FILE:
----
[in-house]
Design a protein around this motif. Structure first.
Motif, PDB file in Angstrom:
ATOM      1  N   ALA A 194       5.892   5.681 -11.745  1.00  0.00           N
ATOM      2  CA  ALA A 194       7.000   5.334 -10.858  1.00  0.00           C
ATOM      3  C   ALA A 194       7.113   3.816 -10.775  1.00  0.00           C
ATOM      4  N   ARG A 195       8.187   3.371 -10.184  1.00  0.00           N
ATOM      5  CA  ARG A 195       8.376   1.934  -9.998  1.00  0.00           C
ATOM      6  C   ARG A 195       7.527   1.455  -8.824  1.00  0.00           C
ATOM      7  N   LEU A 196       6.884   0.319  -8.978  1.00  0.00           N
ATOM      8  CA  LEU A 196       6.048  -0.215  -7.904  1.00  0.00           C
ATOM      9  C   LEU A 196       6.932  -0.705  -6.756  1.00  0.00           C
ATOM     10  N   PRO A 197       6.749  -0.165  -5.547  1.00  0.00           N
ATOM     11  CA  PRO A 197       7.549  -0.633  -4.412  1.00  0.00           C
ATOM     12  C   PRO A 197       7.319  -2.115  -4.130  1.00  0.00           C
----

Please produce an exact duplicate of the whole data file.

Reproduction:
[in-house]
Design a protein around this motif. Structure first.
Motif, PDB file in Angstrom:
ATOM      1  N   ALA A 194       5.892   5.681 -11.745  1.00  0.00           N
ATOM      2  CA  ALA A 194       7.000   5.334 -10.858  1.00  0.00           C
ATOM      3  C   ALA A 194       7.113   3.816 -10.775  1.00  0.00           C
ATOM      4  N   ARG A 195       8.187   3.371 -10.184  1.00  0.00           N
ATOM      5  CA  ARG A 195       8.376   1.934  -9.998  1.00  0.00           C
ATOM      6  C   ARG A 195       7.527   1.455  -8.824  1.00  0.00           C
ATOM      7  N   LEU A 196       6.884   0.319  -8.978  1.00  0.00           N
ATOM      8  CA  LEU A 196       6.048  -0.215  -7.904  1.00  0.00           C
ATOM      9  C   LEU A 196       6.932  -0.705  -6.756  1.00  0.00           C
ATOM     10  N   PRO A 197       6.749  -0.165  -5.547  1.00  0.00           N
ATOM     11  CA  PRO A 197       7.549  -0.633  -4.412  1.00  0.00           C
ATOM     12  C   PRO A 197       7.319  -2.115  -4.130  1.00  0.00           C